TORONTO - Canada's three wireless giants were pummelled at the Toronto stock market
on Thursday after the federal government made a decision a day earlier to open the
possibility of greater competition from smaller regional players.
Rogers Communications (TSX:RCI.B), which owns Rogers Wireless, took the biggest
plunge closing down more than eight per cent, or $3.79 to $41.71.
Telus Corp. (TSX:T) lost 4.7 per cent, or $2.29, to $46.62.
BCE Inc. (TSX:BCE), which owns Bell Mobility and is to be taken private by a consortium
led by the Ontario Teachers Pension Plan for more than $52 billion next year, dropped just
1.3 per cent or 52 cents to $39.20.
All three companies are facing the increased likelihood that small regional carriers will
significantly beef up their market positions next May when an auction is held for wireless
Industry Minister Jim Prentice said Wednesday the government has decided that a certain
amount of wireless spectrum, or capacity, will be reserved for new or small players and
unavailable to the three major carriers.
The move is expected to help increase wireless competition which could bring cellphone
users more choice and more competitive pricing.
On Thursday, Yak Communications (Canada) Corp., a relatively small player in Canada's
phone industry, said it's preparing to join the bidding process.
The Toronto-based company, which began by selling long-distance phone services and
more recently started an Internet home phone service, is expected to face stiff competition
from some of Canada's biggest telecom companies.
Yak, a subsidiary of Globalive Communications Corp., said it intends to become the first"no contracts, no gimmicks" wireless provider in Canada.
The company intends to focus on low-to-middle income households to sell its planned
wireless service, said Anthony Lacavera, chief executive officer of both Yak and Globalive,
in an interview with The Canadian Press.
"We're going to be serving the unbanked, or partially banked, population," he said.
"They just can't afford a cell phone today because prices are so high."
Yak plans to join the bidding process for major urban centres across the country.
Lacavera didn't say how much Yak and Globalive plan to commit to the upcoming auction,
which will determine how much the winners pay for federal licences to radio frequencies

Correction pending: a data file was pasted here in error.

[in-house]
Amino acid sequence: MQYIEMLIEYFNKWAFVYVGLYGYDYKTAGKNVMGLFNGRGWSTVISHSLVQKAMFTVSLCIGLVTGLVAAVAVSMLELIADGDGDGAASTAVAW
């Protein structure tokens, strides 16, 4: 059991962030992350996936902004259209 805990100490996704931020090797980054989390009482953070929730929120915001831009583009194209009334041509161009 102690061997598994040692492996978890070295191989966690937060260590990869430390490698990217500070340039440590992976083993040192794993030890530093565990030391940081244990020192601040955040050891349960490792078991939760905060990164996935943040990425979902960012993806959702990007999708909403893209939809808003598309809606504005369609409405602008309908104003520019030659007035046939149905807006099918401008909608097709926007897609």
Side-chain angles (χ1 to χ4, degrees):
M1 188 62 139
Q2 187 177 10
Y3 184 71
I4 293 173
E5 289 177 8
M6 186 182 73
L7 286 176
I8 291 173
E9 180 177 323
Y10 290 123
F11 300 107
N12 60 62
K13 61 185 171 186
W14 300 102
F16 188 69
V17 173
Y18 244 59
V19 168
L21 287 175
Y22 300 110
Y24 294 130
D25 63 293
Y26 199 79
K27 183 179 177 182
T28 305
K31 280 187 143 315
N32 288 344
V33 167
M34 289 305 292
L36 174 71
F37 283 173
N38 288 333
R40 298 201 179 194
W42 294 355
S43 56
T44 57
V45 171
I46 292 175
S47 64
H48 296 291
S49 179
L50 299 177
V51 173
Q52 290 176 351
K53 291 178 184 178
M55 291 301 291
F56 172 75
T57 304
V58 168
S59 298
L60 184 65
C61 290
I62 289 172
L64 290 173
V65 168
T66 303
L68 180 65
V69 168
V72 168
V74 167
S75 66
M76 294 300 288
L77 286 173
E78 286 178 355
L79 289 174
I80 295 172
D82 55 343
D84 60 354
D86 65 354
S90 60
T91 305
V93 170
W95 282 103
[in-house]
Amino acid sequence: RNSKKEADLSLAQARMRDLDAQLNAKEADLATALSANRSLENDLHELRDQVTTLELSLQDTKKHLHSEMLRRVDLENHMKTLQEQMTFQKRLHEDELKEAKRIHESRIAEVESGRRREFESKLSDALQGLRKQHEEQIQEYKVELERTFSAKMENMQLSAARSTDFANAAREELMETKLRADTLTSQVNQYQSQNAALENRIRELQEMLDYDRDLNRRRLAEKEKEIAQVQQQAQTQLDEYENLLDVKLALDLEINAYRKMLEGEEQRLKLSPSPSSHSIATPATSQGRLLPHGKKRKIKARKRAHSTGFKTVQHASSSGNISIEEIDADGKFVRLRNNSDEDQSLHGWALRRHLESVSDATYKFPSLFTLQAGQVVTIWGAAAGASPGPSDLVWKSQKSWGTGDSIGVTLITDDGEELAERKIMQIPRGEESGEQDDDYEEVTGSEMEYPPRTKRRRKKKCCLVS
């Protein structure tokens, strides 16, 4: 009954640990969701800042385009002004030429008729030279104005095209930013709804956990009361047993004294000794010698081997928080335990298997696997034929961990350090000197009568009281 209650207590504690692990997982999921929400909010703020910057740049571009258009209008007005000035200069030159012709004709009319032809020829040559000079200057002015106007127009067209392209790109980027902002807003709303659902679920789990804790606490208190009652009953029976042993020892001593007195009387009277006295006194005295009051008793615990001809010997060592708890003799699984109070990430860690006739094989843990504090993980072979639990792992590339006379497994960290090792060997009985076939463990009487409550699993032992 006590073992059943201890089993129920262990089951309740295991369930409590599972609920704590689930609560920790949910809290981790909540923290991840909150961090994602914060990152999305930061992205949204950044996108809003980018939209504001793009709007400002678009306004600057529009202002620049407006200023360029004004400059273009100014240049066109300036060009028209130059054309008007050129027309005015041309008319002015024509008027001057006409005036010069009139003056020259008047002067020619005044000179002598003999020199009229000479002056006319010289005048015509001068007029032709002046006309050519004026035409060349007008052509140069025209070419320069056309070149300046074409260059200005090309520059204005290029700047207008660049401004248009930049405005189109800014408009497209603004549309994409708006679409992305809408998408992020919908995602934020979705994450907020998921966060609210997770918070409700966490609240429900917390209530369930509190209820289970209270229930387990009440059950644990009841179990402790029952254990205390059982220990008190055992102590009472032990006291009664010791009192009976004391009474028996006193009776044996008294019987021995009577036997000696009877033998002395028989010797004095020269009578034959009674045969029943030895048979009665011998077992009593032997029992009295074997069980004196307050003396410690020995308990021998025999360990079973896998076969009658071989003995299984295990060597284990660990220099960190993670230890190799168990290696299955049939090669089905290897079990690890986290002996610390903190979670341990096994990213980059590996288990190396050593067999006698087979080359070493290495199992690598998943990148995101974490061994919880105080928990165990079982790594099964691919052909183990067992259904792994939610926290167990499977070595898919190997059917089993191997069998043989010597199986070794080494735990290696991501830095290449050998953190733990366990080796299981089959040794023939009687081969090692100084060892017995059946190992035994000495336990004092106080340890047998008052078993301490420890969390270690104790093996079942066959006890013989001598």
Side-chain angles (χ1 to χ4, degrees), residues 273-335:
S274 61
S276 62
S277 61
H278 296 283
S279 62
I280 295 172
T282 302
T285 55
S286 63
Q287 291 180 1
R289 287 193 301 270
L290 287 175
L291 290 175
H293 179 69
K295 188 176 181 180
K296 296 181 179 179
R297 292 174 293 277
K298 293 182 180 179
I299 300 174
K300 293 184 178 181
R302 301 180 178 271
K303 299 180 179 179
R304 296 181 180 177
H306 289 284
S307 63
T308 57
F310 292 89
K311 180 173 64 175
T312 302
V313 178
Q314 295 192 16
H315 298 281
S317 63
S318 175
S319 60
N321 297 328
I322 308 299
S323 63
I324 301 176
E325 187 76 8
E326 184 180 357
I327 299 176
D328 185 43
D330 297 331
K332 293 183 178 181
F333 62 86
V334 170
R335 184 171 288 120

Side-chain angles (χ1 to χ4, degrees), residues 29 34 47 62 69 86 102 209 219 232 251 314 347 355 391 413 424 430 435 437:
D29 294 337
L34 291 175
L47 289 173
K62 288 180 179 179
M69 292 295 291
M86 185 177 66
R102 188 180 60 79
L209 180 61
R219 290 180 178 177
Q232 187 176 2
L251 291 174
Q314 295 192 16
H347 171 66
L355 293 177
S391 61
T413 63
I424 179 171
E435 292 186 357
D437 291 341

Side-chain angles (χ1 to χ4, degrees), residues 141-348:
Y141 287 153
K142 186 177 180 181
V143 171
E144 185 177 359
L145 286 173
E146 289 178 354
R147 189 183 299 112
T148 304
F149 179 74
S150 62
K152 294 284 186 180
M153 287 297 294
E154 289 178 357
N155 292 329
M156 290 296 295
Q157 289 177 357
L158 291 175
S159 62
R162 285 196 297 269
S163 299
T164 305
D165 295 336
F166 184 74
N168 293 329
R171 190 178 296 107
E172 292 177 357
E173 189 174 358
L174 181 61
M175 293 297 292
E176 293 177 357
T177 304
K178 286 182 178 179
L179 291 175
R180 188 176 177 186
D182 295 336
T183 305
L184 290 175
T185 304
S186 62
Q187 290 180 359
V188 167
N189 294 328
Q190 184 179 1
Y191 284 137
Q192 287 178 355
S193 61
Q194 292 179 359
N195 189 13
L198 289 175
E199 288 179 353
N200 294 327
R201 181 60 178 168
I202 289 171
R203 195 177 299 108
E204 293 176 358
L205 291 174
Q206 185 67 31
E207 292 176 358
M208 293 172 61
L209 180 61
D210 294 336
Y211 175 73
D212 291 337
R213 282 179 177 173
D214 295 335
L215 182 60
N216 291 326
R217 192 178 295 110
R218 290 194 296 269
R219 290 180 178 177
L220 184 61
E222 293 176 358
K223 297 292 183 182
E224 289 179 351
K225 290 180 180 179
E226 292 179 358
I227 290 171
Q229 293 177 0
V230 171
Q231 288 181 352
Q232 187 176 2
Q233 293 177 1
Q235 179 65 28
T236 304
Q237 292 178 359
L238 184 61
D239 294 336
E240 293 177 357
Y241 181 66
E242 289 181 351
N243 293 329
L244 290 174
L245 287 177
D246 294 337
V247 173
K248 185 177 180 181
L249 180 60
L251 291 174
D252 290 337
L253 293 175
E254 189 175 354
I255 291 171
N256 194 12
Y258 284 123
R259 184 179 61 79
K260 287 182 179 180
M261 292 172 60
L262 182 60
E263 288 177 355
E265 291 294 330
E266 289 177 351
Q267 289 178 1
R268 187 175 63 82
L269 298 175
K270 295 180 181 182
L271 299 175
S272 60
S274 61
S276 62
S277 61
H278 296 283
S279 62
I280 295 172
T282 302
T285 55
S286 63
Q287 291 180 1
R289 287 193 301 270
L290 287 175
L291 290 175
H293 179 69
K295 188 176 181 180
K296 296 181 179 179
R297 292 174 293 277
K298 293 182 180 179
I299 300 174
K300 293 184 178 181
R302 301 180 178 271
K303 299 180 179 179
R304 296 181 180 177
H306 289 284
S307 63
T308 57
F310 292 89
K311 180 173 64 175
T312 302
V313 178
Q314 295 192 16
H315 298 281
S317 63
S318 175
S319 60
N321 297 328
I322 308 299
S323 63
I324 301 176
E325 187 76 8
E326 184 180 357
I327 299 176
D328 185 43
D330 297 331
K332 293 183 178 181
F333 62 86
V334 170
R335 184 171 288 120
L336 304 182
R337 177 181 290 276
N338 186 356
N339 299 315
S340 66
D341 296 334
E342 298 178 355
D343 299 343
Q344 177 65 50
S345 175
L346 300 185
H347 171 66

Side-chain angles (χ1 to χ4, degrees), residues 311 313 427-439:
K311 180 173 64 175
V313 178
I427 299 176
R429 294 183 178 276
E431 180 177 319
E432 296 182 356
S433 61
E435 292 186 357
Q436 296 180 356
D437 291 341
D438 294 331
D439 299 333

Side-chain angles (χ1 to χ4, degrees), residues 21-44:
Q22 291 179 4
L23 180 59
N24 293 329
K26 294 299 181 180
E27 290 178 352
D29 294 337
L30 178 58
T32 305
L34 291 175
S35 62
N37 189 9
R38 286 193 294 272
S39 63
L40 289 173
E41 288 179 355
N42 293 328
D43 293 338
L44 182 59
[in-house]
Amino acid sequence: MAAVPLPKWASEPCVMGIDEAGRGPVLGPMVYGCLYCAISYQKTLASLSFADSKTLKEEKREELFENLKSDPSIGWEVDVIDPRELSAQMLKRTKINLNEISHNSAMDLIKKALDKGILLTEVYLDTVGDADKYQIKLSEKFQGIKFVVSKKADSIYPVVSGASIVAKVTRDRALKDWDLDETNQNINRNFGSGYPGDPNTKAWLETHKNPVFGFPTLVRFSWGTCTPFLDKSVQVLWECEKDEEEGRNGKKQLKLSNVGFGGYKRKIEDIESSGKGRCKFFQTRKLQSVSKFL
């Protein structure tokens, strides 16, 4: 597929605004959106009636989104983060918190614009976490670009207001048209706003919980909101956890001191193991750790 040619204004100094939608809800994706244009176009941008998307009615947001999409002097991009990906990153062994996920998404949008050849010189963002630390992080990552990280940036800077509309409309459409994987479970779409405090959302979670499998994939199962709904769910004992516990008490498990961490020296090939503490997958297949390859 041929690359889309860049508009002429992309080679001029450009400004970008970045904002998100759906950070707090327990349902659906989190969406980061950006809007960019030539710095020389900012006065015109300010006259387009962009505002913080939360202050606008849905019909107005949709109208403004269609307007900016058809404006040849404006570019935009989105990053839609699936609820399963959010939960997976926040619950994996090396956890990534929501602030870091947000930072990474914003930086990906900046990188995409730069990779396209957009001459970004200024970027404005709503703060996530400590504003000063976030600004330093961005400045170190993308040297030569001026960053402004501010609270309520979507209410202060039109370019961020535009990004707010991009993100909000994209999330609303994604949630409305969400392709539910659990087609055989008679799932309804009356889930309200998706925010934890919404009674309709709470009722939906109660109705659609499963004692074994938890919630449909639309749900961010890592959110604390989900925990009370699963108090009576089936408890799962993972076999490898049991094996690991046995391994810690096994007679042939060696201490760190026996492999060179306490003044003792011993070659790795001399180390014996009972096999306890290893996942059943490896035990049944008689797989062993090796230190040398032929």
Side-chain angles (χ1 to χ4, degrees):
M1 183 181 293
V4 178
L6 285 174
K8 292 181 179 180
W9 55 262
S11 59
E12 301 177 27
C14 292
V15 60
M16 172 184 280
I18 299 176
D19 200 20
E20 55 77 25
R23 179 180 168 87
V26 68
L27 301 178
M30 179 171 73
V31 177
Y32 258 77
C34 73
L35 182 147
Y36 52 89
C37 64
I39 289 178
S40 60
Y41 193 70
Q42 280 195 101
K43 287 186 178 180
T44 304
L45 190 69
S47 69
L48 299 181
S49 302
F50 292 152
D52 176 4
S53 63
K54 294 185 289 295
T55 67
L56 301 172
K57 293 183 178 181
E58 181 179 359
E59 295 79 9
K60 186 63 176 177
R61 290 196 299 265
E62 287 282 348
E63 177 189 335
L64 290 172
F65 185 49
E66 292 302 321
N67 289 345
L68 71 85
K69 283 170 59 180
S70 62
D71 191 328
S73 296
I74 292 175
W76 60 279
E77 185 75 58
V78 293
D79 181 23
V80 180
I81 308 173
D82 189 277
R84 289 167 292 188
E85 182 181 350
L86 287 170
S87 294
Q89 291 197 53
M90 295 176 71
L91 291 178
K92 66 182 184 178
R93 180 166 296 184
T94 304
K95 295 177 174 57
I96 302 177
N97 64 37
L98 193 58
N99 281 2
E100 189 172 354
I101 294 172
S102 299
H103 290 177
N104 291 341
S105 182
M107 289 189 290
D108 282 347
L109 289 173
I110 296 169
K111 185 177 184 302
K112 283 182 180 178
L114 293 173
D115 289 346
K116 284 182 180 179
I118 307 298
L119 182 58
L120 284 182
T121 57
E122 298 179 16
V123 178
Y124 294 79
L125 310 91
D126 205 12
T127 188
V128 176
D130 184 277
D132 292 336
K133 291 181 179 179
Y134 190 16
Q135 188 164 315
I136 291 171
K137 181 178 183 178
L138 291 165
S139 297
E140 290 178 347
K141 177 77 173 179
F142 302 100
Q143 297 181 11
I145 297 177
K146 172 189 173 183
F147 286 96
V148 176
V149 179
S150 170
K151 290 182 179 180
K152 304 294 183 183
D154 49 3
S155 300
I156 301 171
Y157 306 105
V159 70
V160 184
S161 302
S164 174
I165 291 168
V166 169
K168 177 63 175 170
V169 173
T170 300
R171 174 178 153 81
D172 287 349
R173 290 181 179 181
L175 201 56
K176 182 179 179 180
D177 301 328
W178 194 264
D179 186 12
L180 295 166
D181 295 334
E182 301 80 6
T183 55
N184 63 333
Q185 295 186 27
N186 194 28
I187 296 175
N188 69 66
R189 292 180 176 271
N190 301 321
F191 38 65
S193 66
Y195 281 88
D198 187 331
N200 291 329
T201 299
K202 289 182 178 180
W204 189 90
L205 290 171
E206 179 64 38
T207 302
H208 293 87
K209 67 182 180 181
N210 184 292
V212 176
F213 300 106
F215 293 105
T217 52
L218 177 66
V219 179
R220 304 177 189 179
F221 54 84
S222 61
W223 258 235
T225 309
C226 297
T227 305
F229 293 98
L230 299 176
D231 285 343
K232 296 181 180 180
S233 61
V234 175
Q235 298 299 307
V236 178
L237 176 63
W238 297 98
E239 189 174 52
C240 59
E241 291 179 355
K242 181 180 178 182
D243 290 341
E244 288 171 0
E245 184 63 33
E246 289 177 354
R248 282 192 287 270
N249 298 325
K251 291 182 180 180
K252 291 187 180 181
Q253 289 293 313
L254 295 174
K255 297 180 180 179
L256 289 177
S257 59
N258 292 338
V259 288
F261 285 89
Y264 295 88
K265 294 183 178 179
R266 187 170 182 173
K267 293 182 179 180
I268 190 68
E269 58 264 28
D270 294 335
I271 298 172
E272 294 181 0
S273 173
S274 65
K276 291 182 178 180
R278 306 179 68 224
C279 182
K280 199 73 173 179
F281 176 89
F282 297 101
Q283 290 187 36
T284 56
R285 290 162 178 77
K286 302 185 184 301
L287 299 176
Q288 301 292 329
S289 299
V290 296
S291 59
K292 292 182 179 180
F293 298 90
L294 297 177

that can be used to carry the wireless signals.
"We can get into business with not a lot of spectrum at all, so what we just want to do is
ensure that we're well-differentiated from the other new potential entrants," Lacavera said."We think we've got a very compelling case given how low the penetration levels are in
A study by consultant firm The SeaBoard Group suggests that only about 58 per cent of
the Canadian popular owns a cell phone, while most other developed countries run closed
to a 90 per cent penetration level.
Part of the reason is the long list of charges that consumers in other countries often don't
face, said Iain Grant, an analyst with SeaBoard. Costs like long distance and roaming fees
within the country drive up monthly bills for Canadians, he said. "Some of those additional costs that are uniquely Canadian, while in other countries they're
included," Grant said.
He predicts that with increased competition prices will gradually start to drop and more
appealing price bundles and other options with emerge.
"Don't hold your breath, but this time next year I think your wireless bill will be less and
your usage will be up," Grant said.
Analyst Troy Crandall of MacDougall, MacDougall & MacTier said he doesn't expect
consumers will see lower prices from the new players.
Crandall said likely new entrants would instead look to bundle wireless with their other
"They're already profitable companies and they already have a bundle of services on their
own now," he said.
"Likely what they'll use is wireless to complement those services and actually probably help
sell the other services on their own as well. I'm actually not expecting there to be much
discounting, especially if you were only to take one service."
Several other carriers are expected to officially announce plans to join in the May auction,
such as MTS Allstream which said it will take the proposal to its investors before making a
Other participants will include Quebecor Inc. (TSX:QBR.B), through its media division -
which owns the Videotron cable, Internet and phone business in Quebec.
Quebecor president and CEO Pierre Karl Peladeau, who has been pushing for Ottawa to
set aside some wireless spectrum for companies that don't have a wireless network, will
invest $500 million to build a broadband wireless network in Quebec.